Russia-Ukraine conflict could trigger food crisis, but impact on China less
Photo taken on May 27, 2021 shows a self-propelled sprayer at work on a farm in Heihe, northeast China's Heilongjiang Province. Photo: Xinhua
China's Ministry of Agricultural and Rural Affairs (MOA) and the Ministry of Finance issued a notice in recent days, requiring local authorities to mull an "all-out effort" to guarantee the harvest of summer wheat and expand the planting of soybeans "by all means," said a statement on the website of the MOA on Friday.
The notice, coming at a time when the protracted Russia-Ukraine conflict has stretched the global food supply ranging from corn and wheat to potash fertilizers, and pushed their prices to record highs, highlighted the latest of a concrete effort from the Chinese government to secure the spring plowing of staple grains and bumper harvest against the potential impact of geopolitical tensions.
While some politicians warned that the escalating situation could engulf the world in a potential food crisis, observers stressed that the storm is unlikely to threaten the food security of China - whose imports of wheat and corn only account for less than 10 percent of domestic consumption. The country's "rice bowls are firmly in its hands," analysts said, though they warned the need to guard against a spillover effect of a price hike from the global market.
According to the notice which identified the priority work for China's food production in 2022 and supportive policies, local authorities will release one-time subsidies to farmers to alleviate the impact of agricultural materials' price hikes. Authorities will also offer subsidies to corn, soybean and rice producers, raising the minimum purchase price of rice and wheat, as well as implementing planting subsidies to farmers who boost the crop cultivation of corn and soybeans.
The notice comes as Chinese authorities spare no effort to raise domestic production in spring plowing season, which started from early April. Against the backdrop of tensions between Russia and Ukraine, spring plowing is deemed as a critical cultivation season for Chinese farmers to boost wheat, corn, soybean and rice, which will be harvested from July to October the same year.
Ukraine and Russia account for over 20 percent of the global supply of wheat, barley and corn. Since the tensions escalated last month, wheat prices have increased by 21 percent, barley by 33 percent and some fertilizers by 40 percent, some of which have climbed to record levels, according to media reports.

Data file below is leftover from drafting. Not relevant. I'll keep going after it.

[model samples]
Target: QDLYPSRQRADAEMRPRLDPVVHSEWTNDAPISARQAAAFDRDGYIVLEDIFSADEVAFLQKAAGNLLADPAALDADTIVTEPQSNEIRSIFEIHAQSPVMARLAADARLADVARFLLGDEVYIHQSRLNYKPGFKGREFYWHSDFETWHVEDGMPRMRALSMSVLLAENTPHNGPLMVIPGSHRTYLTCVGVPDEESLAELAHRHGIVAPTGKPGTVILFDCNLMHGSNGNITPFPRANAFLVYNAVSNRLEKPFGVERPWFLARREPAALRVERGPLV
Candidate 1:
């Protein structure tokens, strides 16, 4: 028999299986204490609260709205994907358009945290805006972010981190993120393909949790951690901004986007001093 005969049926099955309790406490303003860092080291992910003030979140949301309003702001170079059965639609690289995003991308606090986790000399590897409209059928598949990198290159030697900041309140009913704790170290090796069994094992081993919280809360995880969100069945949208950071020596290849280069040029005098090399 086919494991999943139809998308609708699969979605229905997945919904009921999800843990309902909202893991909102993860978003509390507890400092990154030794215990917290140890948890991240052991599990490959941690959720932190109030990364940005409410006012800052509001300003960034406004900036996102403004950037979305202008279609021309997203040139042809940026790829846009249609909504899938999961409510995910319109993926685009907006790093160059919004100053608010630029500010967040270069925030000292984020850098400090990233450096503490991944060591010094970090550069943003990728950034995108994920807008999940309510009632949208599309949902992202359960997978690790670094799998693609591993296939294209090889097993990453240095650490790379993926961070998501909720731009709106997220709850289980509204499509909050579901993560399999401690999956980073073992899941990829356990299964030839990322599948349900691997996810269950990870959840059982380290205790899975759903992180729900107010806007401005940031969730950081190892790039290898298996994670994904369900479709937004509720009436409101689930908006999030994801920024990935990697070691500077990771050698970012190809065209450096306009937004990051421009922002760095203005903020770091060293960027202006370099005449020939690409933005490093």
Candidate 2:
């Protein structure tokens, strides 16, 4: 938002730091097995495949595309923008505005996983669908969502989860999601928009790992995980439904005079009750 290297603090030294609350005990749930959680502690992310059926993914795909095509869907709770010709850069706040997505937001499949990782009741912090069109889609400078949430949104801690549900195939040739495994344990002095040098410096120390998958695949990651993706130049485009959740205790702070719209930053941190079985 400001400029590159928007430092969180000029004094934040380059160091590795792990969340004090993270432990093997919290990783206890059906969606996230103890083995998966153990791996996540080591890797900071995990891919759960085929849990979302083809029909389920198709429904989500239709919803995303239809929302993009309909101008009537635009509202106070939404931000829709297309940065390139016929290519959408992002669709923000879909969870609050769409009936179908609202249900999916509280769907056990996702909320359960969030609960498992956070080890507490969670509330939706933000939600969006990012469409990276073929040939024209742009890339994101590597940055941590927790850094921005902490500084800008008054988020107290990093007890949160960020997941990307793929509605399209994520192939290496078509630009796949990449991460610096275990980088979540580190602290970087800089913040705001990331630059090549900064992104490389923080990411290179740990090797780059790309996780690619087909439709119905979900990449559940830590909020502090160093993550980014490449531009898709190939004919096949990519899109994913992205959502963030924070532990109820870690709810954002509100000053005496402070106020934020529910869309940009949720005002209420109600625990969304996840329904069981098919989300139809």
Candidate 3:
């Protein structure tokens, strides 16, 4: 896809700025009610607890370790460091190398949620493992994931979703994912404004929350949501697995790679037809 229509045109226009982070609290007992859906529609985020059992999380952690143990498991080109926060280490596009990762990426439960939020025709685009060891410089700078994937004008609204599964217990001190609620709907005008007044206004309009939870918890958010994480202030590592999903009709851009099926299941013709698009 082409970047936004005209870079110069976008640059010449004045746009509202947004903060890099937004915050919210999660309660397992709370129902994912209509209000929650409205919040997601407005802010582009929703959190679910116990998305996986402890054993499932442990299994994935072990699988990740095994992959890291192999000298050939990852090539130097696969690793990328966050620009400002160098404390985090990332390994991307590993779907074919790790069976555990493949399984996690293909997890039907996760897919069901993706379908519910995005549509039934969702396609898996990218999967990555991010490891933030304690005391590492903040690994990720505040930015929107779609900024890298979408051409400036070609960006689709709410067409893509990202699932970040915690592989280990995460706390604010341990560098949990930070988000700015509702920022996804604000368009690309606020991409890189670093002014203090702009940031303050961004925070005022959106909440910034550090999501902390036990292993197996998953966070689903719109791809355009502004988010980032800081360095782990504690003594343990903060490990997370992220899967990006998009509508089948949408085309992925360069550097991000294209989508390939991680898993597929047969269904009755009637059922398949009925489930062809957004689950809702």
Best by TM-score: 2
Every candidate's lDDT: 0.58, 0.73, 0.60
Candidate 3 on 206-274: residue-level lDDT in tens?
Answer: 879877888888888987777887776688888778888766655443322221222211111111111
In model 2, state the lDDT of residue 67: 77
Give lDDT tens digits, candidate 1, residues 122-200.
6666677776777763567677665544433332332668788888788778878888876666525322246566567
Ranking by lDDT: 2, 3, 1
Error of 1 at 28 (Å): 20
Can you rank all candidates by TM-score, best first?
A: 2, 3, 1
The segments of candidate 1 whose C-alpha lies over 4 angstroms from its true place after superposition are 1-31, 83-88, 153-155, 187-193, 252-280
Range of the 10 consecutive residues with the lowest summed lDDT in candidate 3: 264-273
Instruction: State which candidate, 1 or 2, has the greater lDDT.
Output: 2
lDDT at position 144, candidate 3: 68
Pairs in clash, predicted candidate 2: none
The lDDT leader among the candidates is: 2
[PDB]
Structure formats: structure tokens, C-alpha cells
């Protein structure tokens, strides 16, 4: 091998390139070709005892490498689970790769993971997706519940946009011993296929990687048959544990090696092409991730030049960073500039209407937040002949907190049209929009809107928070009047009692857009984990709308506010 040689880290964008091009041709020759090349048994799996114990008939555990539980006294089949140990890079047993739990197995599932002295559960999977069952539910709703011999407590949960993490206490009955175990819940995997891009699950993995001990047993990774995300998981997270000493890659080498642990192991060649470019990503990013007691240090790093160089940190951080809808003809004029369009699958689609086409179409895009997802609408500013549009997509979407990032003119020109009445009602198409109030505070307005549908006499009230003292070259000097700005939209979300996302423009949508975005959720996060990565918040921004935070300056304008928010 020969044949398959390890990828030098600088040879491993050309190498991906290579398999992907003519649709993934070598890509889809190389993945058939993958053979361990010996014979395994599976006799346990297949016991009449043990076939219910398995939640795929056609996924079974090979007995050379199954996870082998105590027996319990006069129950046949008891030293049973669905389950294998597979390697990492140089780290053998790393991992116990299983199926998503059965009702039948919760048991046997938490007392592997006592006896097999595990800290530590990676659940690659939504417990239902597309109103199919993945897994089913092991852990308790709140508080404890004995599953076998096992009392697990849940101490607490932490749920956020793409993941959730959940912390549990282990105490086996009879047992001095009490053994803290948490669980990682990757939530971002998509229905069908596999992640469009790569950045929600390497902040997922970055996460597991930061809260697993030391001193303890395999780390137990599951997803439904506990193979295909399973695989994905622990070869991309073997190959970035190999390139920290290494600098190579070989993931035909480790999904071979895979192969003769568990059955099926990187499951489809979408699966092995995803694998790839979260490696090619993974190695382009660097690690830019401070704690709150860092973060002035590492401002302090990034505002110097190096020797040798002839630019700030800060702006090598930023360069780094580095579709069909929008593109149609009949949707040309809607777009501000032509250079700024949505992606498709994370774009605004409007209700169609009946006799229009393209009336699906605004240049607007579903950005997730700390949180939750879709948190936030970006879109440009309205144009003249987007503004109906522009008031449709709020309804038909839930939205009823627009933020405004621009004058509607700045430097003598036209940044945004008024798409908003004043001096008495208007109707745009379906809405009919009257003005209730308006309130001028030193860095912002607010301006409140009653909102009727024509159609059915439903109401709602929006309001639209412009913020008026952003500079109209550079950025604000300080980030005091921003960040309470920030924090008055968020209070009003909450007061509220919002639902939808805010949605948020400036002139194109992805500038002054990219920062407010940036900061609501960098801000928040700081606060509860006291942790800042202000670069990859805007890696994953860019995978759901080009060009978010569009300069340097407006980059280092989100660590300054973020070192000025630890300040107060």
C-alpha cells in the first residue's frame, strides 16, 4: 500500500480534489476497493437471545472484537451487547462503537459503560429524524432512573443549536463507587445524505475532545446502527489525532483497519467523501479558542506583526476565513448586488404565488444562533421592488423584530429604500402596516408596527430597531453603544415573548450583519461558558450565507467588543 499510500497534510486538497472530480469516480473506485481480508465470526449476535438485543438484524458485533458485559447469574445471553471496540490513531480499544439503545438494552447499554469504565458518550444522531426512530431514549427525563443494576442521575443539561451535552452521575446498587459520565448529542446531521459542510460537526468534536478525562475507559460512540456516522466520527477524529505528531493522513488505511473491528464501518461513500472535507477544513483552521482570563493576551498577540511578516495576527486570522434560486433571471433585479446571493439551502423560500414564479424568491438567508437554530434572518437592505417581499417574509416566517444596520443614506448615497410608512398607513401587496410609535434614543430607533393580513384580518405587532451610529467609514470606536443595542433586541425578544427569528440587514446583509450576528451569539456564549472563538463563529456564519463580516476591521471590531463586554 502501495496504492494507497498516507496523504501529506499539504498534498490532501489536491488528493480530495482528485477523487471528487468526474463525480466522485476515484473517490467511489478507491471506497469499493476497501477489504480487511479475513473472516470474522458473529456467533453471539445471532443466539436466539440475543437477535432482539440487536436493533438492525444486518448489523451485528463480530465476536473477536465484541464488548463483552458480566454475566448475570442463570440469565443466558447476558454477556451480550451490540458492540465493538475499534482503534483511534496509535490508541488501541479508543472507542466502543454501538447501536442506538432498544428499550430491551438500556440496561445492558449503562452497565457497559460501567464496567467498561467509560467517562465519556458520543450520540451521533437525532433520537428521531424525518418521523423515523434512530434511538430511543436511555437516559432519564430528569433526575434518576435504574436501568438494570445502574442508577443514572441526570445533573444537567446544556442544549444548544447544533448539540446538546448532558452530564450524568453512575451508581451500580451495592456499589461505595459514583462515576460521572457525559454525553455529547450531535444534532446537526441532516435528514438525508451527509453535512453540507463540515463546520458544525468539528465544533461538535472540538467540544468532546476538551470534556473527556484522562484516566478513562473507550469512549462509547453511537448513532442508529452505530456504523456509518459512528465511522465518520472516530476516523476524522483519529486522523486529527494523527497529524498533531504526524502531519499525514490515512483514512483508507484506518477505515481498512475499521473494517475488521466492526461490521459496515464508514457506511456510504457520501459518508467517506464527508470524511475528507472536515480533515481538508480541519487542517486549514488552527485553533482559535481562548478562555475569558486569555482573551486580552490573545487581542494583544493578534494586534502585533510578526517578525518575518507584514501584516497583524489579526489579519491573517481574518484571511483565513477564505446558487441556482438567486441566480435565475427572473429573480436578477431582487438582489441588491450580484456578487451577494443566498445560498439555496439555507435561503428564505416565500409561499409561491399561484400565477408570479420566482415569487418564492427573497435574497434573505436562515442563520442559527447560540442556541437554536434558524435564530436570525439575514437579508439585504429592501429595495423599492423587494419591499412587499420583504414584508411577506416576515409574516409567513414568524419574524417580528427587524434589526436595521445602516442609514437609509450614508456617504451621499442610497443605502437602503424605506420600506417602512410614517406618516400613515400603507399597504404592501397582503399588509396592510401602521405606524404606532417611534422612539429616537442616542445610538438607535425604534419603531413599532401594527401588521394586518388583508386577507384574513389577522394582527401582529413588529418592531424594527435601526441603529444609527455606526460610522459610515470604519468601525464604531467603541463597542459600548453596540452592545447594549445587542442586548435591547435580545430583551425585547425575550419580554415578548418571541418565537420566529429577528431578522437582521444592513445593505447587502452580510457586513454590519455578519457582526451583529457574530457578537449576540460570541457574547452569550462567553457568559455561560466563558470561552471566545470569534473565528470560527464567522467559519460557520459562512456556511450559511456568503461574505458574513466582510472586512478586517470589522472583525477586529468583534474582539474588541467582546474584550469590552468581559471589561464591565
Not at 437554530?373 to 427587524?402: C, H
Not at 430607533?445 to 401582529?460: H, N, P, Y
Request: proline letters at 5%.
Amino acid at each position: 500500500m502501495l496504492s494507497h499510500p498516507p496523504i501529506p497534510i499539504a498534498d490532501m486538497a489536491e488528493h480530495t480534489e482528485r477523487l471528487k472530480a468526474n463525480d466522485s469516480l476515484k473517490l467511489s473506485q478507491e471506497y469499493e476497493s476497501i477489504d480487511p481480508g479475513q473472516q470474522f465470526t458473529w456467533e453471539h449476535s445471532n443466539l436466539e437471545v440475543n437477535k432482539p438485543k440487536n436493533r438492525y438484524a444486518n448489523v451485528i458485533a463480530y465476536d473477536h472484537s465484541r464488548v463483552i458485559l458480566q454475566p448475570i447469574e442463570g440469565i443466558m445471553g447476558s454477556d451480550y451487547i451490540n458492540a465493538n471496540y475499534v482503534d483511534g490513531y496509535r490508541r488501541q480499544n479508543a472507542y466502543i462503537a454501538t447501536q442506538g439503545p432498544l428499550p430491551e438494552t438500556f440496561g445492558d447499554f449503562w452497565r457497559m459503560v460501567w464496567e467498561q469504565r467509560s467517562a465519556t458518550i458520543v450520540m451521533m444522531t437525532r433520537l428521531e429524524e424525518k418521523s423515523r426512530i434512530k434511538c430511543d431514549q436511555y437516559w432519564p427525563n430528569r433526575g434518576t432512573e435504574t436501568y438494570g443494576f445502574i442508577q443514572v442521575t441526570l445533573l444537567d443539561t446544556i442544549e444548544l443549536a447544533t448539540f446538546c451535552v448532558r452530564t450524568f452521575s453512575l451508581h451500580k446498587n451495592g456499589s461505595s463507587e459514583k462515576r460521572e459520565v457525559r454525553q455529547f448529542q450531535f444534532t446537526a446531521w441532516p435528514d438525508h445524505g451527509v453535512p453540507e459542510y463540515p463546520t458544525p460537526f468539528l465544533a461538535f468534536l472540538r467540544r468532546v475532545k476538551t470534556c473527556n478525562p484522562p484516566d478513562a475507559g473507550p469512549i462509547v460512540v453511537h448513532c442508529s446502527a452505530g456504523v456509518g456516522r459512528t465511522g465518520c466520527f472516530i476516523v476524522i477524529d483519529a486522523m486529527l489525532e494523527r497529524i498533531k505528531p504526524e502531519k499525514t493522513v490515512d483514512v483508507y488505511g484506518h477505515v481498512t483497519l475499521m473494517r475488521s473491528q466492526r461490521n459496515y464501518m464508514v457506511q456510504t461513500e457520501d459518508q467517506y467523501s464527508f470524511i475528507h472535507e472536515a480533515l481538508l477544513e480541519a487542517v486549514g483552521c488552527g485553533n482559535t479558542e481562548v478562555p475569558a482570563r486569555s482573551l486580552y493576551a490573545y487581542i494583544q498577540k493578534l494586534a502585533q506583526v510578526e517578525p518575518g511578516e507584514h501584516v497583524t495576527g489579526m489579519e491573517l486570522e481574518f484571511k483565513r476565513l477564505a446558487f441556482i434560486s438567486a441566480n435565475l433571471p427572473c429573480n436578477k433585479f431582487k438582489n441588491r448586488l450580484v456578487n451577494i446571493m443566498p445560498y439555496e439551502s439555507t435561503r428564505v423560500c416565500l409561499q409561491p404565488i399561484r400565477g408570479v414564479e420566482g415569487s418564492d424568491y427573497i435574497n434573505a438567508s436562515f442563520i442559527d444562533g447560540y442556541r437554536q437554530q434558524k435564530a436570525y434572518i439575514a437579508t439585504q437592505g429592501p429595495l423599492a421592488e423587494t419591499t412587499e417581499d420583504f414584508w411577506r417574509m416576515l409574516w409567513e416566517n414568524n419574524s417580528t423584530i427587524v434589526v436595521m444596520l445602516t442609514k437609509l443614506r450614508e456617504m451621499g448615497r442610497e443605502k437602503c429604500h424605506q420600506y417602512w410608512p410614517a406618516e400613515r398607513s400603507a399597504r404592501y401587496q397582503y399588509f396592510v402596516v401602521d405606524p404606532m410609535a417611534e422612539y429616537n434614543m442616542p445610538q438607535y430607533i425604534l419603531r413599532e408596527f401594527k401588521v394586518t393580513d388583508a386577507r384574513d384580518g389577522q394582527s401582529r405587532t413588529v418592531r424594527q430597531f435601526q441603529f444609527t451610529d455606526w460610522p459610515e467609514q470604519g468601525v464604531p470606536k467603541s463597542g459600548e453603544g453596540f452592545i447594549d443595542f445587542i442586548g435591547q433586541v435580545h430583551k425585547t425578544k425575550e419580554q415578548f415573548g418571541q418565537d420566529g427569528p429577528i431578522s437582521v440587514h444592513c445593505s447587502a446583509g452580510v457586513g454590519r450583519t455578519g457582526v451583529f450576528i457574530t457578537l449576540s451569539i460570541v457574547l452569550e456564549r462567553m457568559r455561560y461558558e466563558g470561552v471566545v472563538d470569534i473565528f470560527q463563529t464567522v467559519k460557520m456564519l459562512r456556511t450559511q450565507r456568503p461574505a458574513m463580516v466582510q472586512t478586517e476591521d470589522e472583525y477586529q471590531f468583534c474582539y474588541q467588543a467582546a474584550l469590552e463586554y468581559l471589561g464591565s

Chinese Foreign Ministry spokesperson Wang Wenbin said at a regular press briefing on Friday that the Russia-Ukraine situation has dealt a heavy blow to global trade, finance, energy and the food supply chain, worsening an already struggling world economy.
French President Emmanuel Macron also warned of "an unprecedented food crisis" on Thursday during the G7 and NATO summits. He said the food crisis will be even worse in 12 to 18 months as Ukraine will not be able to sow crops, Reuters reported.
Analysts said it is not an exaggeration that the Russia-Ukraine conflict could spiral into a global food crisis, as their exports are quite diverse, involving a number of countries especially import-reliant countries in Africa and the Middle East.
Jiao Shanwei, editor-in-chief of cngrain.com, told the Global Times on Friday that the current price hike of agricultural products is mainly due to logistics hurdles and panic. "In the long term, ongoing tensions also disrupt Ukraine's spring crop sowing, which has detrimental implications for the upcoming 2022/23 harvest seasons."
The dwindling supply could pose a threat to low-income countries, and further drive inflation in developed nations including the US and Europe, though the impact on China's food security could be "much smaller and limited," said Li Guoxiang, a research fellow at the Chinese Academy of Social Sciences.
China only imported 5.9 percent of wheat last year, and most was sourced from the US and Canada. A Citi report also showed that only 9.4 percent of domestic corn consumption in 2021 came from imports. And Ukraine supplies around 30 percent of China's corn imports.
China has the capacity to meet domestic corn consumption, and the demand gap left in recent years was due to the difference in price between the domestic and international market, which slashed domestic farmers' willingness to plant corn, Jiao explained. As such, it is relatively easy for the world's second-largest economy, with stimulating policies, to fill up the 30 percent void of Ukraine corn imports.
According to Jiao, China has also stockpiled staples such as corn, sorghum, and wheat in the past two years - when prices were relatively affordable - as part of top-down efforts to prioritize national agricultural safety.
Chinese Premier Li Keqiang said during an inspection visit to the MOA on Wednesday that China should always stand on guard over its food security and ensure stable production and supply to hedge external uncertainties.
On Wednesday, China also released a million tons of potash fertilizer reserves to meet the production needs during this year's spring farming period, according to the country's top economic planner.
The country has set a goal to ensure grain output for 2022 above 650 billion kilograms, according to this year's government work report.